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  1. #1
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    Default Where to buy babbitt?

    Does anyone have any idea where I can buy Babbitt bar stock? I am wanting to buy some "super tough" and "heavy pressure" babbitt, but all I can find on the internet is chunks that you have to melt into bars? Any info will be greatly appreciated Thanks

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    You might try NF Metals in Seattle.

    http://www.nfmetals.com/

  3. Default

    all my babbitt came from ebay...

  4. #4
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    You won't find babbit barstock. It's available only in ingot form. You have to cast your shape and machine it from there. That's OK Babbitt melts at a low temp (470F or so). Cast it in a suitable can and peel off the can after it cools. I used aluminum tumblers back in the day. The casting just fell out thank to the taper. You do have to keep the head of the casting molton until the body solidifies so it doesn't pipe.

    If you have a bunch of items like bushing etc, make up a permanent mold Be sure to incorporate draft in any cores.

    There's been many a babbitt bushing cast in a permanent metal mold and sized by forcing it through a soft steel polished die with an arbor press. All that remains is machining the bore. You might think you could swage this too but the OD will inevitably expand and the swages metal's increase in hardness defeats the primatry function of babbitt.

  5. #5
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    Hy,
    Ebay is a relatively cheap source of Babbitt in one or two pound ingots, people who don´t know use them as paperweights.
    Some of them are marked with pround and beautiful writings or pictures from the smelter who made them. Its a shame to cast them...

    Silicon forms will withstand the melting temperature and the parts are easy to take out afterwards. In case you use old stock, be careful to collect the shavings. They may contain arsenic and cadmium. Those two metals were used to reduce shrinkage and ascertain a more rigid alloy with greater wear resistance. In case you need a crude how too, look there:

    http://members.optusnet.com.au/terry...RepairPg1.html

    He´s not a pro but he does some mighty fine work...

    And here´s an old book, maybe interesting:

    http://www.metalwebnews.org/ftp/bearing-book.pdf

    Greetings,
    Johann

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    I've got 2 ingots of Tuftin hi-test nickel alloy. Pm me, we can discuss it.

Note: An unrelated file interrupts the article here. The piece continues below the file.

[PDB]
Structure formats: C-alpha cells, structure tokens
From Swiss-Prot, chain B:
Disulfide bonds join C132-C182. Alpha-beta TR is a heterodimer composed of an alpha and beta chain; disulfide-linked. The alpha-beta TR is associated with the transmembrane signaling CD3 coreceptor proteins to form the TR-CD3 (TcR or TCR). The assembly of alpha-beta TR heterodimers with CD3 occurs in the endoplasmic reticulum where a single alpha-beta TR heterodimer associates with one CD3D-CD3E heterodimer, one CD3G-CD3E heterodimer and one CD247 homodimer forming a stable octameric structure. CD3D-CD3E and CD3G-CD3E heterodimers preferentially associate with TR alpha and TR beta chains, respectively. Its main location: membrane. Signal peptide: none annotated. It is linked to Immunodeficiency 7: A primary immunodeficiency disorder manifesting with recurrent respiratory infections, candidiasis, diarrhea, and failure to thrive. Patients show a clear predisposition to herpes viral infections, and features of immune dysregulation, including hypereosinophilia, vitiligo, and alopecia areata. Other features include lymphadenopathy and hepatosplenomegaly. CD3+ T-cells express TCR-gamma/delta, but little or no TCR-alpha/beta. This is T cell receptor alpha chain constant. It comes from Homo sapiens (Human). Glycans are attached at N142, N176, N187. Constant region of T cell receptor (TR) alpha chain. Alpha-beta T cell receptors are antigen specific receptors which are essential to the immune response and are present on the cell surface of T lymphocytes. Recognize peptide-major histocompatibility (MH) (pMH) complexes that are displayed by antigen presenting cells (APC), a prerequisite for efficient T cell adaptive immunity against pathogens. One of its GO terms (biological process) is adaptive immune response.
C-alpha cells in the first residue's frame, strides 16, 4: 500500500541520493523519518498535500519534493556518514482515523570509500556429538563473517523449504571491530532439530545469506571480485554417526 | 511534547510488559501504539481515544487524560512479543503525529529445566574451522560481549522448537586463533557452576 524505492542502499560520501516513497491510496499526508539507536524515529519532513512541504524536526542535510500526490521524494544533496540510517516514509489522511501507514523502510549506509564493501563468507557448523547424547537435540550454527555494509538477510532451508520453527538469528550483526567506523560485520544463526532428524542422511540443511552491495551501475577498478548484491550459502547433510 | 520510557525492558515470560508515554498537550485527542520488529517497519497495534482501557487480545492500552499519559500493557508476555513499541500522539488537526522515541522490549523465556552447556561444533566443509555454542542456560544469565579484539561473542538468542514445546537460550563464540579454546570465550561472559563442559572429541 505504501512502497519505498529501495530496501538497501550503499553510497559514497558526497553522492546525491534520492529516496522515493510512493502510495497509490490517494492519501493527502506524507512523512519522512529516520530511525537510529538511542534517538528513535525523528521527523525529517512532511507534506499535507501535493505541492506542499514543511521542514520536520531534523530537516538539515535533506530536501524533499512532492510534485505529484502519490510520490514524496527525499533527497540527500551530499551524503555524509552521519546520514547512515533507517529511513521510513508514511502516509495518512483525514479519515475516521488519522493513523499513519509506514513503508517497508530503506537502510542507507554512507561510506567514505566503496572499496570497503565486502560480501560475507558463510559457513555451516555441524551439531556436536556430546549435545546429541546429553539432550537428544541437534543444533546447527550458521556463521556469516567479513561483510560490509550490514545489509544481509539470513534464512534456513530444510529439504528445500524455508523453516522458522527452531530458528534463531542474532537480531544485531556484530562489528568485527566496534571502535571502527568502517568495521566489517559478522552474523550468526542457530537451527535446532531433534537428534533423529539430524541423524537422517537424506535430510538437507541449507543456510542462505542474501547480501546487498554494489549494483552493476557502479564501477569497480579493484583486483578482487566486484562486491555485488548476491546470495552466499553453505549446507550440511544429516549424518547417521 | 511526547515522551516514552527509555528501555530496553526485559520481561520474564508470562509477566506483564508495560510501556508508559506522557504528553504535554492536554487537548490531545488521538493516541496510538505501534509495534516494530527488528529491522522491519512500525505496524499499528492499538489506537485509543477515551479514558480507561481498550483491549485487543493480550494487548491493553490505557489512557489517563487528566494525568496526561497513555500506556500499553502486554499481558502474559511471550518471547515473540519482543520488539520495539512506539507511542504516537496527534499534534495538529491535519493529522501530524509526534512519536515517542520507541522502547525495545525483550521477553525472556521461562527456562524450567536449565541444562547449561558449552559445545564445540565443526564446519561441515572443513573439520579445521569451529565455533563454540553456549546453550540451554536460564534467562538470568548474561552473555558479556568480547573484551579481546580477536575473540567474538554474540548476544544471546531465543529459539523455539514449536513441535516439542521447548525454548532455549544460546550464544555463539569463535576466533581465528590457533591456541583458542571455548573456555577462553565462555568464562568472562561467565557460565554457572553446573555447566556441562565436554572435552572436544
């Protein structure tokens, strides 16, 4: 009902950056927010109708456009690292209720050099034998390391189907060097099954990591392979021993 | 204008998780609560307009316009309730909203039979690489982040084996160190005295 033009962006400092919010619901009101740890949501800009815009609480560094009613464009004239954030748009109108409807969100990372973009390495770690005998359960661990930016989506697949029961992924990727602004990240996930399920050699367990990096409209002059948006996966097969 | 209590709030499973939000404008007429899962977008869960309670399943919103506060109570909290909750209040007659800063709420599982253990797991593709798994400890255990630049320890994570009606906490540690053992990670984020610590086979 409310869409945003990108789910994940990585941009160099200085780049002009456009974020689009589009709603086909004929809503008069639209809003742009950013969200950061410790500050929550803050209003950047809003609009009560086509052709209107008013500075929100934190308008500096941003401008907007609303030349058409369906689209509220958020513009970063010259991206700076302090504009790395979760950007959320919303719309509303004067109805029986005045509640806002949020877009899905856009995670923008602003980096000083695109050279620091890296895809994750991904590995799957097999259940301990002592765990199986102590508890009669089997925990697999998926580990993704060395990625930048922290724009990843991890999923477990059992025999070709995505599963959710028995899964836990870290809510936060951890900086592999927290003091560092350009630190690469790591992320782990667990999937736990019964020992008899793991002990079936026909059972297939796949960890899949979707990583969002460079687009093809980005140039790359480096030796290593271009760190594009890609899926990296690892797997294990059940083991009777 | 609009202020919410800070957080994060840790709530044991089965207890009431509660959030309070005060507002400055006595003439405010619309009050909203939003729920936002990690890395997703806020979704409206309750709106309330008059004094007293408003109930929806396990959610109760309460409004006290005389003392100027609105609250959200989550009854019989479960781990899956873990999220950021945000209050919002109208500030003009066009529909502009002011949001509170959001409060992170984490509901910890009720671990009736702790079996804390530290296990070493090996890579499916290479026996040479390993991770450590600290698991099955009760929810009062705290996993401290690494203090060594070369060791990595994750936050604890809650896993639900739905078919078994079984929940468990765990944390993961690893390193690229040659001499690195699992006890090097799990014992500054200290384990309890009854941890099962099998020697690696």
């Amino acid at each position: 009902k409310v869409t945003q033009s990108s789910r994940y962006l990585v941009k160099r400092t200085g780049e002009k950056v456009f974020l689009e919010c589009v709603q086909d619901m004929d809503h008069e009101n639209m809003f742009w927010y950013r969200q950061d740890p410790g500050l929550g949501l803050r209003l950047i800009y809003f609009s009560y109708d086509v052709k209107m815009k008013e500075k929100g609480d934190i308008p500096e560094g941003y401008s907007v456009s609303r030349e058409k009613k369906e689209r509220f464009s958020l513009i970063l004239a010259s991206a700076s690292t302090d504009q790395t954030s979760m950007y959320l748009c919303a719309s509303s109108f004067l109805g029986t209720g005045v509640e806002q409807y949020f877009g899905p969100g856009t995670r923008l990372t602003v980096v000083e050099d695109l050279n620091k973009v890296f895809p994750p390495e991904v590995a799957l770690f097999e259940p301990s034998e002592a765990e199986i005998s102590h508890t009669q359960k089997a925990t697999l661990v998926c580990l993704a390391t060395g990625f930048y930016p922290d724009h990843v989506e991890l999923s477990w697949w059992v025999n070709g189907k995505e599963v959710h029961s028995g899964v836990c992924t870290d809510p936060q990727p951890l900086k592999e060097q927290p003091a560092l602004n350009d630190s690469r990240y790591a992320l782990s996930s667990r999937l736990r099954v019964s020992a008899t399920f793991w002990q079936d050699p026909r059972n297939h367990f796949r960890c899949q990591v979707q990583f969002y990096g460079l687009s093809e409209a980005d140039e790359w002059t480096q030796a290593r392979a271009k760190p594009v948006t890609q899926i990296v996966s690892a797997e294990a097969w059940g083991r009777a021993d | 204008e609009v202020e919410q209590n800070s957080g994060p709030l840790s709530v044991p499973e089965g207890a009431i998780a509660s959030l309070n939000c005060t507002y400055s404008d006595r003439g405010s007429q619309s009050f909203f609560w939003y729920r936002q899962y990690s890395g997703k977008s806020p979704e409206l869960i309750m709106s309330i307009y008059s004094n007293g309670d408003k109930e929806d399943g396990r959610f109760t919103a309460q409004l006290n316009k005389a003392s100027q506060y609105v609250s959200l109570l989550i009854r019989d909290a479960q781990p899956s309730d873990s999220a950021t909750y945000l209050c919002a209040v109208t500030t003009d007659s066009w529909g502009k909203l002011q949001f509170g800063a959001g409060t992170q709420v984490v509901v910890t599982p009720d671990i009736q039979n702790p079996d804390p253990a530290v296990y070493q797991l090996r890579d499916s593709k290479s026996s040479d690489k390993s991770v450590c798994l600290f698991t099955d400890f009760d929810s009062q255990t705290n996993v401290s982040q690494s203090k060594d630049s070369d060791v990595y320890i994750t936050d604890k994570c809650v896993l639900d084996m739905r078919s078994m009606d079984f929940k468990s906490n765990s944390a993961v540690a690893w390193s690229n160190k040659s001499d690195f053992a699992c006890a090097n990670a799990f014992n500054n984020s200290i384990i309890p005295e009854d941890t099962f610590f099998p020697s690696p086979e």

7. #7
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    When it matters to have the best quality , I order from McMaster Carr .
    They sell high speed & low speed Babbitt in ingots .
    I re did the babbits on my 24" wood planer in 1984 . This machine has a cutterhead that runs at 6000 rpm . I use drip oilers and am glad I did not cheap out on the quality .
    Even though I put wear shims on the split lines ,I have not had to adjust anything .
    Something to consider : every time you re melt Babbitt , some of the antimony gasses off , and degrades the alloy . So when someone sells me some old bearing boxes , I cast it into bars and stamp " LS BABB " . I sometime use this when I cast the shop lead hammers , to make them a bit harder .
    Pretty hard to tell the grade just by looking at them , but good Bab will break cleanly when bent in a press. Lead can be almost bent in half without breaking .
    The best quality Bab has no lead at all in it .
    FBBob

  8. #8
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    I re did the babbits on my 24" wood planer in 1984 . This machine has a cutterhead that runs at 6000 rpm . I use drip oilers and am glad I did not cheap out on the quality .
    Interesting. I also have an old 24" wood planer that I'm going to re-babbitt. Mine has "The Porter 24" cast into the front of the frame but there doesn't seem to be much available info on the company. I don't think it's related at all to the more well known Porter-Cable company. It'll be my first babbitting project.

  9. #9
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    Ace Hardware sells babbit in small bars. Not sure what size bars but they look like maybe 1 lb bars and 5 lb bars.

  10. #10
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    Some of them are marked with pround and beautiful writings or pictures from the smelter who made them. Its a shame to cast them...

    Johann,

    Here's a neat little ingot I've had for ever. Just thought you and others would like to see it.

    Ray



  11. #11
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    "Interesting. I also have an old 24" wood planer that I'm going to re-babbitt. Mine has "The Porter 24" cast into the front of the frame but there doesn't seem to be much available info on the company."

    Everything you wanted to know about old woodworking machines is at owwm.com here's a link to the Porter info: http://www.owwm.com/mfgindex/detail.aspx?id=649&tab=4

    thnx, jack vines

  12. #12
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    How much do you need? PM sent.


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